FROM THE COLUMBIA COUNTY CIRCUIT COURT [NO. 14JV-15-101]
HONORABLE DAVID W. TALLEY, JR., JUDGE
Lanford, Arkansas Public Defender Commission, for appellant.
Goff, Office of Chief Counsel, for appellee.
Chrestman Group, PLLC, by: Keith L. Chrestman, attorney ad
litem for minor children.
M. GLOVER, Judge
Easter appeals from the termination of her parental rights to
her four children-KC1, JC1, JC2, and KC2. She contends the
trial court clearly erred in finding termination was in the
children's best interest and that statutory grounds were
proved to support the termination. We affirm.
took emergency custody of Easter's four children on
December 8, 2015, because there was suspected child abuse in
connection with the broken leg of one of the children. The
accompanying affidavit explained in part that the child
stated his father hurt him, and that Easter corrected the
child stating that the father had tried to help him. The
children were subsequently adjudicated dependent-neglected.
The trial court found the explanations concerning the
child's broken leg were unsatisfactory. In addition,
Easter tested positive for THC. The goal of the case was
reunification, but after nineteen months, DHS filed its
petition to terminate Easter's rights. Following a
hearing, the trial court granted the petition, finding it was
in the children's best interest and that DHS had proved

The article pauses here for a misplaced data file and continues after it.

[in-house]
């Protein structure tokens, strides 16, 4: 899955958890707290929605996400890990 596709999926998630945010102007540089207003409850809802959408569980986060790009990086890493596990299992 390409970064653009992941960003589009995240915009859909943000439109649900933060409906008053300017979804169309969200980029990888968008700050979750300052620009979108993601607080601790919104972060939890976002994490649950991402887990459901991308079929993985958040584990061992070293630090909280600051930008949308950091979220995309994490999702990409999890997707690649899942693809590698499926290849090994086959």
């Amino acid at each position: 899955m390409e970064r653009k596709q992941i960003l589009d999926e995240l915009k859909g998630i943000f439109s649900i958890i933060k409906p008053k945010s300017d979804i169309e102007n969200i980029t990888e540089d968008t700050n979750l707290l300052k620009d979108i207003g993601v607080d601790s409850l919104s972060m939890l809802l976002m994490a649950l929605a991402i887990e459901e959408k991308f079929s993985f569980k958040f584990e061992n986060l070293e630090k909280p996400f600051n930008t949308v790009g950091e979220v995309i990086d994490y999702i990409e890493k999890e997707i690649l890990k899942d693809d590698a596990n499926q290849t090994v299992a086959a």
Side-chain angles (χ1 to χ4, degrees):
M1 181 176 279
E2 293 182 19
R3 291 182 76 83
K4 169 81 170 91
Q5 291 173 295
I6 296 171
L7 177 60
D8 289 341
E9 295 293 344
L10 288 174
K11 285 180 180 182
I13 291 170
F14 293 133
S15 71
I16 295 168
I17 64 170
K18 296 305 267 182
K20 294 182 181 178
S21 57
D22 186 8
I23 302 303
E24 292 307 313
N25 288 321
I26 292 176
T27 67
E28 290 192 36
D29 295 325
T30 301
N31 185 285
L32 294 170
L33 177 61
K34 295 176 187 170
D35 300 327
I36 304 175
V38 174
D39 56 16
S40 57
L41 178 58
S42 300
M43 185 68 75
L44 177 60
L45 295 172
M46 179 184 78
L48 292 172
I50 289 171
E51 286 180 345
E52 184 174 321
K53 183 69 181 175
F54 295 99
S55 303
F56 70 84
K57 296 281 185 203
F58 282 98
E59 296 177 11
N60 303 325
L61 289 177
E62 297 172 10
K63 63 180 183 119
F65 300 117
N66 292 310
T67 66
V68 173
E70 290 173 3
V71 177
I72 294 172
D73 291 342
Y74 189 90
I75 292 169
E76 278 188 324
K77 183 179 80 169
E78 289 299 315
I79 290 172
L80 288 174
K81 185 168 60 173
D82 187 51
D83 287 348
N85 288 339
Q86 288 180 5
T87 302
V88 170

three statutory grounds ("failure to remedy, "
"subsequent factors, " and "aggravated
circumstances"). The father's parental rights were
also terminated, but he is not involved in this appeal.
termination hearing, Quiana McGhee, the family-service-worker
supervisor, testified she had been working on this case since
March 2016; the case was opened when the children were
removed in December 2015; one of the children had an
unexplained broken leg; and there had been an earlier open
protective-services case. She testified Easter tested
positive for marijuana on January 25, 2017, after starting a
trial placement with the children on January 6. She stated
that earlier one of Easter's children had tested positive
for illegal substances at birth on March 1, 2015, and that
one of the children had four large scratches on his face on
February 12, 2015. Easter's case plan included a
psychological evaluation, counseling, a drug assessment,
obtaining employment and suitable housing, and parenting
classes. McGhee described Easter's performance under the
case plan as "up and down"; initially, she had done
everything she needed to do; but later she had used drugs,
even though she denied doing so; she lost one job but got
another; and lost her housing and was living with relatives.
She explained Easter had not completed her treatment and had
tested positive for drugs, i.e., methamphetamine, again in
March; and she had continued to test positive for alcohol
even though she had been told not to be around or to use
drugs or alcohol.
stated Easter had attended inpatient treatment; Easter
started after care but did not complete it; and she had not
adhered to mental-health counseling. McGhee could think of no
other services that could be offered to achieve
reunification, and she could not say Easter had made
significant measurable progress under the case plan or worked
diligently toward reunification. She recommended termination.
Beck, counselor for outpatient services with Southwest
Arkansas Counseling Mental Health Center, testified as an
expert in substance-abuse counseling and treatment. She
stated she was familiar with Easter's chart and the
clinical services provided to her but not with Easter. She
explained that Easter's assessment found she was not
capable of maintaining abstinence on her own; she would need